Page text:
"I am pleased to be entering the ranks of the unemployed at a time of strong growth made possible by the president's tax cuts," said Snow.Tax cuts that have put our country in danger according to Ben Stein, and his advice to the incoming Treasury Secretary is that it's time to raise taxes.
[...]you have your work cut out for you as Treasury secretary. You are facing what is, in many ways, the most dangerous economic future since the Depression. Danger is coming on many fronts, only dimly seen by the powers that be in Washington, and your insights and eloquence will be urgently necessary.The ball is in Paulson's corner now. Will our economy end up healthier under his stewardship or will "banana republic" be his - and the Bush administration's - legacy?
Just to give you an idea what you are up against, Standard & Poor's issued a warning not long ago. The caution was that if the United States government did not seriously alter fiscal policy, Treasury bonds would be downgraded to BBB, slightly above junk status, by 2020. This is a stunning piece of news for the world's most highly rated security denominated in its primary reserve currency. The S.& P. report said further that if the nation did not make serious changes after that, by 2025 Treasuries would be junk bonds, like the bonds of less successful emerging-markets nations.
These downgrades would occur because the federal budget deficit and the cumulative national debt would be so high relative to the gross domestic product. This debt would presumably come largely from Social Security and Medicare obligations, considered sacred contracts by American taxpayers. (The statement said similar downgrades would also happen to other major countries in the developed world that have large aging populations.)
Just to get an idea of the size of the structural cumulative deficit for Medicare alone, Phil DeMuth, along with others, has calculated that the total Medicare obligations for the balance of this century, if brought down to net present value at the long-term bond rate, would exceed the wealth of the entire nation. This means that if you sold every home, every farm, every factory, every business in America and invested the money in something that returned as much as long-term bonds, there would not be enough to pay for the foreseeable Medicare expenditures of this nation in the 21st century. And that's not counting Social Security or the military or the interest on the debt or the livelihood of 300 million Americans.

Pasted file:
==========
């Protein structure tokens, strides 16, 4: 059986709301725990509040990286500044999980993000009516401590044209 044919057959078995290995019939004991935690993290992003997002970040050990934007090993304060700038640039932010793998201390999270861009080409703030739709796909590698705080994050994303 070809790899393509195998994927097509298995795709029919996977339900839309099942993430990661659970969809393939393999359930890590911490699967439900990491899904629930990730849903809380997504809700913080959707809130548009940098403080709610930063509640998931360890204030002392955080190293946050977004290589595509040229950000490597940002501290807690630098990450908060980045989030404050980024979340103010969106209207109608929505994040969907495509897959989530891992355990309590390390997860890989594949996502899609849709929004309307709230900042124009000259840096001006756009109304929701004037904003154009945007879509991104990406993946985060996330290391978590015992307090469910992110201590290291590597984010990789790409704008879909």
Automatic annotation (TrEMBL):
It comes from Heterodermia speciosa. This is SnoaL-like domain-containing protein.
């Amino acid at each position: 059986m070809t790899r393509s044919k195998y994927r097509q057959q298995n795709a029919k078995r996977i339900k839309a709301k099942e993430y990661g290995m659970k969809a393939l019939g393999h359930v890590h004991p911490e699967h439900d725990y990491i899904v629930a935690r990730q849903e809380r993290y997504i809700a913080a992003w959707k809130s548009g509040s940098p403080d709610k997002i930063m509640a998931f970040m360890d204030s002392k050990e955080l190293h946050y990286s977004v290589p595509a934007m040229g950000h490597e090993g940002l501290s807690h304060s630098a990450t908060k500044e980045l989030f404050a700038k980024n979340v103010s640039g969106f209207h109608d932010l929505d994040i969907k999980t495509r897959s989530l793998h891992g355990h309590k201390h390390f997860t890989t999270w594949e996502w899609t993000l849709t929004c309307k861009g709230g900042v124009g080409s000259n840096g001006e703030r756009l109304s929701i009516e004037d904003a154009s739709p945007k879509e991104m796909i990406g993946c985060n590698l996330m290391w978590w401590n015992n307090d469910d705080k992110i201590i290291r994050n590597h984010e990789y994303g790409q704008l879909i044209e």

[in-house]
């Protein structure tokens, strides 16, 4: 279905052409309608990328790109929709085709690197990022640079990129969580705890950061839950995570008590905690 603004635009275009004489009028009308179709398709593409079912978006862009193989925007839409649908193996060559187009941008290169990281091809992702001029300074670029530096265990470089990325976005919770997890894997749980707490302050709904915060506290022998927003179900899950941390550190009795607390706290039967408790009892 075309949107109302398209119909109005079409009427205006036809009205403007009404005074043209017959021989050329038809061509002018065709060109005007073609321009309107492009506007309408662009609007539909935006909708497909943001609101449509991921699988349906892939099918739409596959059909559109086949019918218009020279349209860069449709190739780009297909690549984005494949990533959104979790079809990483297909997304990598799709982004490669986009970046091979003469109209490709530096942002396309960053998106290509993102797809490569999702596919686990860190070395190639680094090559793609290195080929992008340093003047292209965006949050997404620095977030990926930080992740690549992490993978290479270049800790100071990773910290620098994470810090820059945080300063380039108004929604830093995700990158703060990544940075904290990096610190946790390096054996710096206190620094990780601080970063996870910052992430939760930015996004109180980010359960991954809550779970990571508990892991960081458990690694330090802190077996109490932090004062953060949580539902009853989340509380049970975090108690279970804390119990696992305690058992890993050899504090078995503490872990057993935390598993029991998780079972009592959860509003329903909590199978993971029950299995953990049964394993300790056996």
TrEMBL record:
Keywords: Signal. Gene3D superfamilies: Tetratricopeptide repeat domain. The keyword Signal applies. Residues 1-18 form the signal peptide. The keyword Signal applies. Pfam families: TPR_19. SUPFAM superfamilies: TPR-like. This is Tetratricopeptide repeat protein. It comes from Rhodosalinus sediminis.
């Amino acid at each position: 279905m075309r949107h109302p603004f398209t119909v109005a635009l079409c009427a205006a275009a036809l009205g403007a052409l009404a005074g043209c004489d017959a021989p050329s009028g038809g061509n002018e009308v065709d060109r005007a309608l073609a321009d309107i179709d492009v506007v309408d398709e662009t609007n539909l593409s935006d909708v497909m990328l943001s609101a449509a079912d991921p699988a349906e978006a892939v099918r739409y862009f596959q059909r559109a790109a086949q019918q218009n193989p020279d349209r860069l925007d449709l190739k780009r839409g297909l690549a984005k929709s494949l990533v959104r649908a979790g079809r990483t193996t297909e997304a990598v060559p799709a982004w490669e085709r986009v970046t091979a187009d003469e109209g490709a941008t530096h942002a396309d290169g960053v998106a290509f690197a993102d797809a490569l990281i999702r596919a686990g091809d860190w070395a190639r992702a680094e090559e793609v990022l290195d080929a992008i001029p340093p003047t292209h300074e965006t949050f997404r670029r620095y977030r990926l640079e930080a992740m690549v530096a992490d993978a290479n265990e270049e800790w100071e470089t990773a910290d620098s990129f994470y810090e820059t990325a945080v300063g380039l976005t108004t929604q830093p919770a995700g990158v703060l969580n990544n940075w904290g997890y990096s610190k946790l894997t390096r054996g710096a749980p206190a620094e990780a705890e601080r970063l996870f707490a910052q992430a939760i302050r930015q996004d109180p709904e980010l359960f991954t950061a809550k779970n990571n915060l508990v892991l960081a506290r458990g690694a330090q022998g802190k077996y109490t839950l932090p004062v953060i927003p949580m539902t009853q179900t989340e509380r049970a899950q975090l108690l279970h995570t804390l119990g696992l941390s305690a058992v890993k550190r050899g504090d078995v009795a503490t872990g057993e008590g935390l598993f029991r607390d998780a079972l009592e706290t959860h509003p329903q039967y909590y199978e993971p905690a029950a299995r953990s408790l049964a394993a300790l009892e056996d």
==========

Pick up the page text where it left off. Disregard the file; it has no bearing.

Can you imagine, Mr. Paulson, what it will mean to Americans in terms of our currency's value, in terms of the interest we will have to pay to foreign creditors, if our bonds reach junk status? Can you imagine just how crippling a burden this will be on taxpayers?
It gets worse. The annual trade deficit with the rest of the world is approaching $1 trillion. It's not there yet, but we're on our way. This means we have to transfer ownership of roughly $1 trillion of our assets to foreigners every year to cover our excess of international purchases over sales. But the total worth of all the assets in the United States is not greatly more than $50 trillion. To be sure, it rises annually. But even so, we are basically transferring the value of an average of one of our 50 states to foreign investors every year. This trend looks unsustainable to me (unless we are to revert to being a colony - this time, of China).
Again, the downgrades and the deficits in the current account and the federal budget will have major effects on the dollar's value, which will mean major inflationary effects. If experience is any guide, these effects will slow real economic growth.
Right now, inflation is moving out of the Federal Reserve's comfort zone. The Fed chairman, Ben S. Bernanke, is doing the right thing by raising rates and trying to slow the overheated economy, but in a way that does not bring us a recession. To give us a soft landing without recession or stagflation - rising inflation and slow growth, as we had in a good part of the 1970's - is not an easy or assured task.
To raise rates enough to slow down our economy and thus bring down commodity prices amid skyrocketing demand in developing economies is certainly not easy. To do this correctly, you'd need to be a brain surgeon of monetary policy and a cardiac ace of fiscal policy. In other words, there is a great, great deal to be worried about.
May I respectfully suggest that in this environment, ending the estate tax is not a major sensible priority? May I suggest that having the lowest taxes in 65 years on high-income taxpayers is not really as prudent as it might be if we were not running stupendous deficits, with far worse in the future?
I know you are a Republican, and so am I. Now and then, scornful fellow Republicans ask me what kind of Republican I am, since I'm for higher taxes on the rich. I tell them that I am an Eisenhower Republican, the kind who wants to leave a healthier America to posterity. That includes an economy not headed for the status of a banana republic's economy.
Now, I know that a truly great man, Ronald Wilson Reagan, when asked if he were not worried that his tax cuts would burden posterity with a heavy weight, supposedly asked, "What has posterity ever done for me?" Those of us with teenage children certainly know what he meant. But the problem is no longer quite as funny.
The fiscal house is in severe disorder. ...But someone needs to take a stand, and that person might as well be you.
[All emphasis added.]